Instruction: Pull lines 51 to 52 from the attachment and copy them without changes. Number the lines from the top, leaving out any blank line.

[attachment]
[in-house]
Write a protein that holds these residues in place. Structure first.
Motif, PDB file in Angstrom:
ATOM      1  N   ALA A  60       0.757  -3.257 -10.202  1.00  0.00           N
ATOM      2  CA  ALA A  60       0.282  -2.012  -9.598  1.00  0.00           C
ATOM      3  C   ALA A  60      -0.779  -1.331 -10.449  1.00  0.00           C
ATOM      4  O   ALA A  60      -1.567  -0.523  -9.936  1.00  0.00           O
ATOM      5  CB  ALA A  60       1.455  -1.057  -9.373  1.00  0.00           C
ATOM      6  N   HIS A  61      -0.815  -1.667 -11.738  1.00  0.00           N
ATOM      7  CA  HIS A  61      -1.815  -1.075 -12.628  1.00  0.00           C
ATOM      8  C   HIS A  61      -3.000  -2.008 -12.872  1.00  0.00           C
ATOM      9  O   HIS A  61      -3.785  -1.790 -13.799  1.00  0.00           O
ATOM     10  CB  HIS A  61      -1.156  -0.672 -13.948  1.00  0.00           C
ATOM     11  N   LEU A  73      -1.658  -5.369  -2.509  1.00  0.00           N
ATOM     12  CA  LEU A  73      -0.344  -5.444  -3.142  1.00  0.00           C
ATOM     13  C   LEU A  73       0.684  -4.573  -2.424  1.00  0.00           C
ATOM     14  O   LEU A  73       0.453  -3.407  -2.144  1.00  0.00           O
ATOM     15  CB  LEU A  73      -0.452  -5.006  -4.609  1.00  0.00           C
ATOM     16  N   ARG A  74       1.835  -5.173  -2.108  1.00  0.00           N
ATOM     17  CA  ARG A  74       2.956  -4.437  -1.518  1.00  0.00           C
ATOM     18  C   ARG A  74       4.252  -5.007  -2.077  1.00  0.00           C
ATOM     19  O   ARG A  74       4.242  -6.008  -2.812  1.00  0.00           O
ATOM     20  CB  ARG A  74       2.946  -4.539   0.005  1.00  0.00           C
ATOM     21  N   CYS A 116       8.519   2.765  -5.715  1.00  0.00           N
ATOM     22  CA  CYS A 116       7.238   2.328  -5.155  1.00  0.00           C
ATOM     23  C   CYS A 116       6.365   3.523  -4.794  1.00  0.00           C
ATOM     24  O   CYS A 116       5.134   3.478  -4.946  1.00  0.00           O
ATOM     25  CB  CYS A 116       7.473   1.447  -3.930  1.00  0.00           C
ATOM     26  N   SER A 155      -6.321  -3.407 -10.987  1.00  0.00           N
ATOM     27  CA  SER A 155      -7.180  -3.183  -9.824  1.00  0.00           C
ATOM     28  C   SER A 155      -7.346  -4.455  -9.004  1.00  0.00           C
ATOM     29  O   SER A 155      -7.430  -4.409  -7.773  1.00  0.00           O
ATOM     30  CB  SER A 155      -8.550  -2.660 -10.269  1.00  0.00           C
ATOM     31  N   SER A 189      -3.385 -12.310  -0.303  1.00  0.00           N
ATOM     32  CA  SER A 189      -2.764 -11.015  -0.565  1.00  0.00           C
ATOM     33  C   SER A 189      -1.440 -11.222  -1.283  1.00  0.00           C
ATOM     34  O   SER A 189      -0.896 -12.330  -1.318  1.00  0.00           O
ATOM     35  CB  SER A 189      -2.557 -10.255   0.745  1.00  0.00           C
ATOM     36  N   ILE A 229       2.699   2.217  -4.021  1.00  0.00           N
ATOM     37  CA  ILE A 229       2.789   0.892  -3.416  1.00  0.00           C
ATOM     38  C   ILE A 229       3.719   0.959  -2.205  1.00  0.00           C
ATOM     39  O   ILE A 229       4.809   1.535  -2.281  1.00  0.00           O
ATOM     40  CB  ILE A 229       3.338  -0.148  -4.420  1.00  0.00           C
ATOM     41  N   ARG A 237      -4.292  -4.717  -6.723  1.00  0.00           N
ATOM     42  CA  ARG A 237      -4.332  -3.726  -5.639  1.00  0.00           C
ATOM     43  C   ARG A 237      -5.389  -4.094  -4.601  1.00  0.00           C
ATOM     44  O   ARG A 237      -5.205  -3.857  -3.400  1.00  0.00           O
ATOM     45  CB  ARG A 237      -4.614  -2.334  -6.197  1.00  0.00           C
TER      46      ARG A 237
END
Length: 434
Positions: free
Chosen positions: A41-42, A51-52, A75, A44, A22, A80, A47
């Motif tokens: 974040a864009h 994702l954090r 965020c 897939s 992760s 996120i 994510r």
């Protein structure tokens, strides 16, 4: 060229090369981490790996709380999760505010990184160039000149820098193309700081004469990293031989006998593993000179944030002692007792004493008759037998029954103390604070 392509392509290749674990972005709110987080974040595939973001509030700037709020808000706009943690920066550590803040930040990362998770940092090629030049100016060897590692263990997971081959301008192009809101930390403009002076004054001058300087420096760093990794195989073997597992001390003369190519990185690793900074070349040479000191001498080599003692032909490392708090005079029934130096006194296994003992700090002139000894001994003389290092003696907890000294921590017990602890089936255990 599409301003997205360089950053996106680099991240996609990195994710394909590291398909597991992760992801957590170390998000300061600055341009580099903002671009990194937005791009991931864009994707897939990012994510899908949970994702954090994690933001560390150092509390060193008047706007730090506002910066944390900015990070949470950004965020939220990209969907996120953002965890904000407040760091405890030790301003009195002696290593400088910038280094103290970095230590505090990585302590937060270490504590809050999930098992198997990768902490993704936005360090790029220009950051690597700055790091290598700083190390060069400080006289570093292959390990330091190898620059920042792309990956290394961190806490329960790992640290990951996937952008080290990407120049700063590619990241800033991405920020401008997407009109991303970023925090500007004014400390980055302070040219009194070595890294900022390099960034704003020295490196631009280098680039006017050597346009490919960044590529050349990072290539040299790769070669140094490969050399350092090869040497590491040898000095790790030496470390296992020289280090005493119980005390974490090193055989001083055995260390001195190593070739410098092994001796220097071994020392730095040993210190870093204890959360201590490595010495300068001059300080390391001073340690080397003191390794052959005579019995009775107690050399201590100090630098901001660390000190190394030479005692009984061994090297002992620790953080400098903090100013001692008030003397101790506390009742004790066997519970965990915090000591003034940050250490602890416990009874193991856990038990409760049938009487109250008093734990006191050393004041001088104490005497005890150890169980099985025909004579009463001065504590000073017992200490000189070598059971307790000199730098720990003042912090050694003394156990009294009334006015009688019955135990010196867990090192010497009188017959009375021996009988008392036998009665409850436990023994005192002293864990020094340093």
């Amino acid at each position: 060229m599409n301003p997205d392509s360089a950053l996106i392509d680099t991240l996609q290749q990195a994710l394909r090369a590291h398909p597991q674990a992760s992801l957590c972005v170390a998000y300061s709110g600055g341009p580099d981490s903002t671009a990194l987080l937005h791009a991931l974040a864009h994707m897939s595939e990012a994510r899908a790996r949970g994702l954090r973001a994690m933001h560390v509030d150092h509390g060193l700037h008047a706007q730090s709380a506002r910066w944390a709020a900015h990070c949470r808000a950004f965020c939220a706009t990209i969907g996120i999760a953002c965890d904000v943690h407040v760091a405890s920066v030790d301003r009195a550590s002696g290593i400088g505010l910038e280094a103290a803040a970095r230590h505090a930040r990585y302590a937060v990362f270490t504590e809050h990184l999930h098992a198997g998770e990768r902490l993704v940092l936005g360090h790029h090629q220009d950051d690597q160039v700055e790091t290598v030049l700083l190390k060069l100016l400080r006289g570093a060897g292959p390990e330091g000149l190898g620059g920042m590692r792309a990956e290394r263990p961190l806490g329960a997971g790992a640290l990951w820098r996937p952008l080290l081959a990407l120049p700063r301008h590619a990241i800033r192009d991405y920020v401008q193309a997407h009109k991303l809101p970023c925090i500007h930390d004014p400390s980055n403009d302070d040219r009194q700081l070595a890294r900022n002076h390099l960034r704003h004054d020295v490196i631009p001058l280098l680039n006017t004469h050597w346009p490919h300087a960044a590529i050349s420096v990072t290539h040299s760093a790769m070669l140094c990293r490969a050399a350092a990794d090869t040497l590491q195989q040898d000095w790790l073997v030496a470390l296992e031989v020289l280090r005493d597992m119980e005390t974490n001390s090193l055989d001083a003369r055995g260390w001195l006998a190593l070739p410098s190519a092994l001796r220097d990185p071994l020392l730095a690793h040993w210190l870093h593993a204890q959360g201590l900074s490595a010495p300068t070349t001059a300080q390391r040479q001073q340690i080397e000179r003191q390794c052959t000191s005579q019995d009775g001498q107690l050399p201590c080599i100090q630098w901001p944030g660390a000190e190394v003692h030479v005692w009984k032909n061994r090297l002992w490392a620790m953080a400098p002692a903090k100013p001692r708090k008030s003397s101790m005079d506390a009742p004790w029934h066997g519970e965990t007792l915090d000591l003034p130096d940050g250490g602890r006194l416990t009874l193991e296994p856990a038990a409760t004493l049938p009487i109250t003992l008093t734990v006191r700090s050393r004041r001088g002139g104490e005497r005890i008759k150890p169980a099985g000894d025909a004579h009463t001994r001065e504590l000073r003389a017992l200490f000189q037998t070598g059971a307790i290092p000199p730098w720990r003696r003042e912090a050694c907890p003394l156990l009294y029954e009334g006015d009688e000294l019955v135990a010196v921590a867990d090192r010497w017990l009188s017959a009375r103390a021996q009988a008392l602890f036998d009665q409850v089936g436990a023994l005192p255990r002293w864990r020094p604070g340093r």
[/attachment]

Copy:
Length: 434
Positions: free